Yesterday, 1st of May, I finally managed to shake off the cobwebs on my feet and made my way to the arboretum to join the fraternity. Please be reminded that my last run was Moshi, which if you recall, was a traumatic hilly experience that saw me cross the border back to Kenya quiet, subdued and limping, as opposed to the loud papparazi that I was on the way there. That is now water under the bridge as I have since seen the hand of God in the hands of Kariakim, and my injuries have been harassed back to form. Almost.
So yesterday I battled with the sweet morning sleep, and managed to arrive at arboretum just in time not to be left behind. Considering the large number of swaras, yesterdays representation was minimal, maybe owing to the fact that most of you must have been polishing up on petitions to hand over at Uhuru park as regards Uchumi na hali ya maisha siku hizi.
I fell in step with the crowd, and instead of the warm greetings I expected, given that I had been missing in action, all I got from several people was “How many kilometres are you doing?” Just like that, without warning, I was back. Guys!!Show some love.(Thanks MK!)
Avani did not miss a beat and declared the 15k to be suitable for me, encouraging me that we would run slowly. .just for the distance. Those words sounded very Moshi-like, so I gave her a suspicious look and strolled away. I soon found myself smiling with Mutua. Henceforth the saying “From the frying pan into the fire” came true;
Mutua convinced me to join him for the 10k. Reason: Having done very minimal running since Moshi, we were both out of shape. Of course it made sense to rebuild things pole pole. With no time to decide otherwise, we were soon trotting out. My little plan was to stick with Mutua until the bridge (Remember, a man always comes in handy near any bridge) and then let him go ahead. To my consternation, after the bridge, I realized that Mutua’s plan was that we were running together all the way.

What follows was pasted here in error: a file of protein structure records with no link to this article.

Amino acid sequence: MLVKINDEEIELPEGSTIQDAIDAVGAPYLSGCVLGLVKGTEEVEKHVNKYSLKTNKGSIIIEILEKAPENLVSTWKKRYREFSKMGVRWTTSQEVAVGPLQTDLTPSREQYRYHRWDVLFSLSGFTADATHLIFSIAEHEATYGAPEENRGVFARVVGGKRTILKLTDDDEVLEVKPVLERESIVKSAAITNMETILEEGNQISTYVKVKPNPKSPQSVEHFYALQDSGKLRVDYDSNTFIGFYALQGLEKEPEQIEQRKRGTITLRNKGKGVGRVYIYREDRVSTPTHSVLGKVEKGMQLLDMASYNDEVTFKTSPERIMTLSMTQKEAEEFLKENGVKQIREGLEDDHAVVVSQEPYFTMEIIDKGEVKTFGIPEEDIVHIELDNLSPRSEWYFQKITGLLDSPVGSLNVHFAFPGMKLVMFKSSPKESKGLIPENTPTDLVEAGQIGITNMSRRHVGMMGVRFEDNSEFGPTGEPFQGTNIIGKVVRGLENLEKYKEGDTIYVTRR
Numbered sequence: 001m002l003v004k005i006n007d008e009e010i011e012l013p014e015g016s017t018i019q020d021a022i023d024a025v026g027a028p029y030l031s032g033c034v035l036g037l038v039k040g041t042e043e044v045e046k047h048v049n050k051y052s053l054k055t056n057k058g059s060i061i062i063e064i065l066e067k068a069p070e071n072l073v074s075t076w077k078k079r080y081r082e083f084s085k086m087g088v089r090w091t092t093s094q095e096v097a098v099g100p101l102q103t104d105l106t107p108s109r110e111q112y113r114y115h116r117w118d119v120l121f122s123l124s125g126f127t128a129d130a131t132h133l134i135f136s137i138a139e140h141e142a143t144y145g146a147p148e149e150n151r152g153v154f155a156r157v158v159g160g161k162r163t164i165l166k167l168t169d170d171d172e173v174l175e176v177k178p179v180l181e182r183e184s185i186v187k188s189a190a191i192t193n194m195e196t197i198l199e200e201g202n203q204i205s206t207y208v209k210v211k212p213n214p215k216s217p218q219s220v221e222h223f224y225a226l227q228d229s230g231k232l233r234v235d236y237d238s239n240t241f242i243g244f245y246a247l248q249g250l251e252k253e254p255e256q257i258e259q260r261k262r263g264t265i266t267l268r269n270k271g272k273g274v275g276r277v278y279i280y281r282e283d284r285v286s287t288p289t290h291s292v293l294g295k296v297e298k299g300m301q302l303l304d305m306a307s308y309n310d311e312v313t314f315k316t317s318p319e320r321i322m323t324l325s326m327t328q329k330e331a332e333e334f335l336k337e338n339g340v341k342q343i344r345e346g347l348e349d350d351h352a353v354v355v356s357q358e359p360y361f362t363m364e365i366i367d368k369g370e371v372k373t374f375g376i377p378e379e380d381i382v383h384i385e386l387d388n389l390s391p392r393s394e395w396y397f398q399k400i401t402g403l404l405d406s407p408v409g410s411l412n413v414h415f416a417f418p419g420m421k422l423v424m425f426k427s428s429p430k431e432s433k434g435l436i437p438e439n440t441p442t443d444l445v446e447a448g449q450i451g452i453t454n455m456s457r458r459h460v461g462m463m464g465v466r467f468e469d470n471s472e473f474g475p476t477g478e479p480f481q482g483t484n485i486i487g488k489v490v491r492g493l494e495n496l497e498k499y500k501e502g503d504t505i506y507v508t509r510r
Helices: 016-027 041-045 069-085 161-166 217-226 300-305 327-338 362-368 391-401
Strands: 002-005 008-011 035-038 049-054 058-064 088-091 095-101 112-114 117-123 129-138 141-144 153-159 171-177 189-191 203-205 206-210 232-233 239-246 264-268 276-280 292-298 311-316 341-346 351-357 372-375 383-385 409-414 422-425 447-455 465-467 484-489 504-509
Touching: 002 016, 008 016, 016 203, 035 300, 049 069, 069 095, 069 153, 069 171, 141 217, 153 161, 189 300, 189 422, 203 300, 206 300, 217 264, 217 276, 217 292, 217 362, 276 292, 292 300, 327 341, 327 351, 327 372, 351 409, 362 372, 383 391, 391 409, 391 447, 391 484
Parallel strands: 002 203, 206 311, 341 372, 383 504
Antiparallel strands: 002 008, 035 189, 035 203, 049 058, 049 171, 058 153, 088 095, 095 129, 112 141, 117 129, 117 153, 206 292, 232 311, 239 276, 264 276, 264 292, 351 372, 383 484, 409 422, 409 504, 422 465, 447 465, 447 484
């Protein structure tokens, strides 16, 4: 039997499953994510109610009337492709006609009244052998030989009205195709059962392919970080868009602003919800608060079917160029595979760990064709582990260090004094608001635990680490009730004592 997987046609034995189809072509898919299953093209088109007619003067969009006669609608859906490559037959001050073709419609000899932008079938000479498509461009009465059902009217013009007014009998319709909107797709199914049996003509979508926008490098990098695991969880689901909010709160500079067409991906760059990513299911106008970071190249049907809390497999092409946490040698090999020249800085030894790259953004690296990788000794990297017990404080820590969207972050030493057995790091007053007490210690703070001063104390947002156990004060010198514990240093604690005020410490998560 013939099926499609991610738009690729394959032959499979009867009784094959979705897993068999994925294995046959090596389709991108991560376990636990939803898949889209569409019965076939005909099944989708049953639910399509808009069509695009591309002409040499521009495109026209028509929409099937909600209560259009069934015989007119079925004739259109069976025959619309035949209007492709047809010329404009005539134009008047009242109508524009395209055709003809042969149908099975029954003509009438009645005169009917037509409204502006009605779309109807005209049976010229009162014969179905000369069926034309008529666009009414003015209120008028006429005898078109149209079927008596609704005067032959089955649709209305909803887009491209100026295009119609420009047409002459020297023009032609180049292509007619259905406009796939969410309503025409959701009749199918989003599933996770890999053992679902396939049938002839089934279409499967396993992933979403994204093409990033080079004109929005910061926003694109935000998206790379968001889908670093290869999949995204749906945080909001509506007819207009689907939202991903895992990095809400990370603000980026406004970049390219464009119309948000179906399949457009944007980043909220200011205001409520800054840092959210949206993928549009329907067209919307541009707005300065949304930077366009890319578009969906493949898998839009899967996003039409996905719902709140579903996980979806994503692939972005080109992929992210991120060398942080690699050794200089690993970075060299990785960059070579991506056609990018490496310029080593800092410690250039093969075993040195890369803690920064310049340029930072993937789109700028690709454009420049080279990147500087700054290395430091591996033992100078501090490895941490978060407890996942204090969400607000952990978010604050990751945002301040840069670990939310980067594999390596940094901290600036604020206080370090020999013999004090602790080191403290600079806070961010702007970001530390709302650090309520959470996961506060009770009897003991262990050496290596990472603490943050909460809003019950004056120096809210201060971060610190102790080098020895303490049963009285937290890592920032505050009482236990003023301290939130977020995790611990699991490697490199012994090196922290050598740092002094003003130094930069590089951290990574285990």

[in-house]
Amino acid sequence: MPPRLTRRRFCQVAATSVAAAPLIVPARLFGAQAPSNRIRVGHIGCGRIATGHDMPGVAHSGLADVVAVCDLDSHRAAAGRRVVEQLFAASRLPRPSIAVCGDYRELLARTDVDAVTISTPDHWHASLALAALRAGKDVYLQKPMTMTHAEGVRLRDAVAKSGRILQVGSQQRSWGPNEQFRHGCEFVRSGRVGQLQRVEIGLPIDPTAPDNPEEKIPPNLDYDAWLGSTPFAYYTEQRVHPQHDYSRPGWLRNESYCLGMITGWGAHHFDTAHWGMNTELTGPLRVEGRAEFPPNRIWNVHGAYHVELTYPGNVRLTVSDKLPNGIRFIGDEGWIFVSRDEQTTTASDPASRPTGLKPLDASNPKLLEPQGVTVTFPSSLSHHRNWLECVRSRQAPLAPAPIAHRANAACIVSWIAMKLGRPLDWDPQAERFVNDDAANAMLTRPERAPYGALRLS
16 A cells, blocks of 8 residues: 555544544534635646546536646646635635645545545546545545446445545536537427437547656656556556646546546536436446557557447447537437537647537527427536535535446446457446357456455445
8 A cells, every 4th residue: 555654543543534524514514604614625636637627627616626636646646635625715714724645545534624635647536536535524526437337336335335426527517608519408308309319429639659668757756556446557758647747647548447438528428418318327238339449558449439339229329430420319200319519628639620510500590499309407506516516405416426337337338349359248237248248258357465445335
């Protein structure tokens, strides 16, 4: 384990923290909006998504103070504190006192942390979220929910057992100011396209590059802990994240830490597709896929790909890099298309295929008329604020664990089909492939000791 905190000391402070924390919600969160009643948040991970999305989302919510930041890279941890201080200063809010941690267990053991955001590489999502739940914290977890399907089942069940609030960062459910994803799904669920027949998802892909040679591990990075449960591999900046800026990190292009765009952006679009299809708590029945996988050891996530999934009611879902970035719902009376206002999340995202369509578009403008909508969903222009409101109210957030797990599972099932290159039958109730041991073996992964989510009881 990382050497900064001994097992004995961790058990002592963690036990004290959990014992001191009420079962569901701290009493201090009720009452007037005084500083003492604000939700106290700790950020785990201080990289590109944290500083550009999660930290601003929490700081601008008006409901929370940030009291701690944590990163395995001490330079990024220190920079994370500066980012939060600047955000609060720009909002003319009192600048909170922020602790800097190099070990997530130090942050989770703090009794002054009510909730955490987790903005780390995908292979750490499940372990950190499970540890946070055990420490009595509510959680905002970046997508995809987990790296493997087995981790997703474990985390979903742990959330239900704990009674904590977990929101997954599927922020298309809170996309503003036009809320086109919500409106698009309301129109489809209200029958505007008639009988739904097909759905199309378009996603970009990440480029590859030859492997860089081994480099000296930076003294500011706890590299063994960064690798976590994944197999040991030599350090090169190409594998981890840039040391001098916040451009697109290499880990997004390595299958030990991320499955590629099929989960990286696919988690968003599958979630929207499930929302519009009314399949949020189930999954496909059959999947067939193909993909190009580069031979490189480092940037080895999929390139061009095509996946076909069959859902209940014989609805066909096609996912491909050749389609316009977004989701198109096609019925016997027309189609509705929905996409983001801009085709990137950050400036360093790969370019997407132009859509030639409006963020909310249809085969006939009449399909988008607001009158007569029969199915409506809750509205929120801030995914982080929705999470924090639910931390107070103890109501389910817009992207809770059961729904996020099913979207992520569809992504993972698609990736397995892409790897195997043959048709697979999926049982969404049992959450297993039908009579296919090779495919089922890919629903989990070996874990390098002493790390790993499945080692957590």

As I was digesting this news, someone fell in step, and I turned to see Tata, who promptly declared that she would stick with us. Sweat trickled down my forehead-and it was not as a result of running. Tata and Mutua went ahead to tell me that I should pace and control their speed. That sounded comforting. However, what I did not realize is that these people would end up literally chasing me.
The thing is, they did not want to overtake me, so they pushed me-Not with their hands of course, but with their legs. And all the while, they were chatting!!I was panting and plugged my ear phones on to turn to the comfort of music. But it was not to be. It was like boot camp. Mutua would shout a direction, a change of pace, and Tata would comment, and they would say-“You are listening to Music! You can’t even hear!” I rebelled and still kept one ear to the music, if only to draw strength from Labbi Sifre crooning “Something inside so strong, I know that I can make it..”
These people never left me. They had interesting stories which made me run without realizing I was running; they humoured me into thinking that I was so good, they harassed me, they encouraged me; Mutua even took away my water and carried it for me, though I was reluctant to hand it over thinking he wanted to drink it.
Just as we came to the roundabout at Kasuku center, Mutua issued me a stern police-like command- “We need a fast finish! Roll down. RUN!!”
All the prayers I have accumulated over the years have not been in vain. Heavens released some providence and my legs found strength from wherever God had kept it. I literally flew, and even by-passed the entrance to arboretum. I heard a whistle, looked back, and it was Mutua redirecting me, saying- “Ah!You are listening to the Music!!”
Running with some of the Swara stars was exhilarating and a good way to come back to running after a long hiatus. I am tempted to put it on my CV!
In running spirit,